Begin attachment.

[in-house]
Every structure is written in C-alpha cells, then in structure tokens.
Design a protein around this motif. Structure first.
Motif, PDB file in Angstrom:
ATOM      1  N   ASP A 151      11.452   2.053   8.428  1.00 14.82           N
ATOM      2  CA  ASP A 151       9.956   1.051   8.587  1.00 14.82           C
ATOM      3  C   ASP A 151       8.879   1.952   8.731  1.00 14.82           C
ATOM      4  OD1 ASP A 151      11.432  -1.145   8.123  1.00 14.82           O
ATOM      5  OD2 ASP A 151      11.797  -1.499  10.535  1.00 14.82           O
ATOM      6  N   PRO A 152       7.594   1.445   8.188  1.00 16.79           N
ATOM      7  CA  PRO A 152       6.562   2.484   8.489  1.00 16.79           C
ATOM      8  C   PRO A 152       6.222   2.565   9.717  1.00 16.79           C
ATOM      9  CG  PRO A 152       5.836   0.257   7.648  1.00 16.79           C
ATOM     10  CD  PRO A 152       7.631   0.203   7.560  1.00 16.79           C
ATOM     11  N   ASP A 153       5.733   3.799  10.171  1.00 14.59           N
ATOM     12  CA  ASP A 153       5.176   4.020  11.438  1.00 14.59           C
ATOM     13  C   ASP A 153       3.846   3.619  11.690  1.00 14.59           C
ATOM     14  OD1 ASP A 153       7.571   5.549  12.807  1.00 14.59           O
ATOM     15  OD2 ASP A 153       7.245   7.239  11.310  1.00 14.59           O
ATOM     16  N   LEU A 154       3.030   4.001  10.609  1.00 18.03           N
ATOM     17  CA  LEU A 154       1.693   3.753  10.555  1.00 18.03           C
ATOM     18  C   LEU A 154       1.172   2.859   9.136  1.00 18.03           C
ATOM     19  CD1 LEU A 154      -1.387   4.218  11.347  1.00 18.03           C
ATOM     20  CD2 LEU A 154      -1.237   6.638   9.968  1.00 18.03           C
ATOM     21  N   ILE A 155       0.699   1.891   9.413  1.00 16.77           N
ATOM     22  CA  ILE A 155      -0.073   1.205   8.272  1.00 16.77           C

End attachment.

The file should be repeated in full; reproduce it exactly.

[in-house]
Every structure is written in C-alpha cells, then in structure tokens.
Design a protein around this motif. Structure first.
Motif, PDB file in Angstrom:
ATOM      1  N   ASP A 151      11.452   2.053   8.428  1.00 14.82           N
ATOM      2  CA  ASP A 151       9.956   1.051   8.587  1.00 14.82           C
ATOM      3  C   ASP A 151       8.879   1.952   8.731  1.00 14.82           C
ATOM      4  OD1 ASP A 151      11.432  -1.145   8.123  1.00 14.82           O
ATOM      5  OD2 ASP A 151      11.797  -1.499  10.535  1.00 14.82           O
ATOM      6  N   PRO A 152       7.594   1.445   8.188  1.00 16.79           N
ATOM      7  CA  PRO A 152       6.562   2.484   8.489  1.00 16.79           C
ATOM      8  C   PRO A 152       6.222   2.565   9.717  1.00 16.79           C
ATOM      9  CG  PRO A 152       5.836   0.257   7.648  1.00 16.79           C
ATOM     10  CD  PRO A 152       7.631   0.203   7.560  1.00 16.79           C
ATOM     11  N   ASP A 153       5.733   3.799  10.171  1.00 14.59           N
ATOM     12  CA  ASP A 153       5.176   4.020  11.438  1.00 14.59           C
ATOM     13  C   ASP A 153       3.846   3.619  11.690  1.00 14.59           C
ATOM     14  OD1 ASP A 153       7.571   5.549  12.807  1.00 14.59           O
ATOM     15  OD2 ASP A 153       7.245   7.239  11.310  1.00 14.59           O
ATOM     16  N   LEU A 154       3.030   4.001  10.609  1.00 18.03           N
ATOM     17  CA  LEU A 154       1.693   3.753  10.555  1.00 18.03           C
ATOM     18  C   LEU A 154       1.172   2.859   9.136  1.00 18.03           C
ATOM     19  CD1 LEU A 154      -1.387   4.218  11.347  1.00 18.03           C
ATOM     20  CD2 LEU A 154      -1.237   6.638   9.968  1.00 18.03           C
ATOM     21  N   ILE A 155       0.699   1.891   9.413  1.00 16.77           N
ATOM     22  CA  ILE A 155      -0.073   1.205   8.272  1.00 16.77           C